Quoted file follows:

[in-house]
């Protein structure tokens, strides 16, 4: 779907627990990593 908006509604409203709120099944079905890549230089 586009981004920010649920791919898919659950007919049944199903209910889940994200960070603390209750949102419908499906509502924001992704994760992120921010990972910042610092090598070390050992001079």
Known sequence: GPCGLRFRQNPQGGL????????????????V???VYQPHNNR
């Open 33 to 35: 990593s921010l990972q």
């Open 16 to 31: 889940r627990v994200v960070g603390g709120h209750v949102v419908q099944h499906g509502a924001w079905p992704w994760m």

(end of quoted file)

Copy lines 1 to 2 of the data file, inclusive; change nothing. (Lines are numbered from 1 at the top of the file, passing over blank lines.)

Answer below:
[in-house]
């Protein structure tokens, strides 16, 4: 779907627990990593 908006509604409203709120099944079905890549230089 586009981004920010649920791919898919659950007919049944199903209910889940994200960070603390209750949102419908499906509502924001992704994760992120921010990972910042610092090598070390050992001079």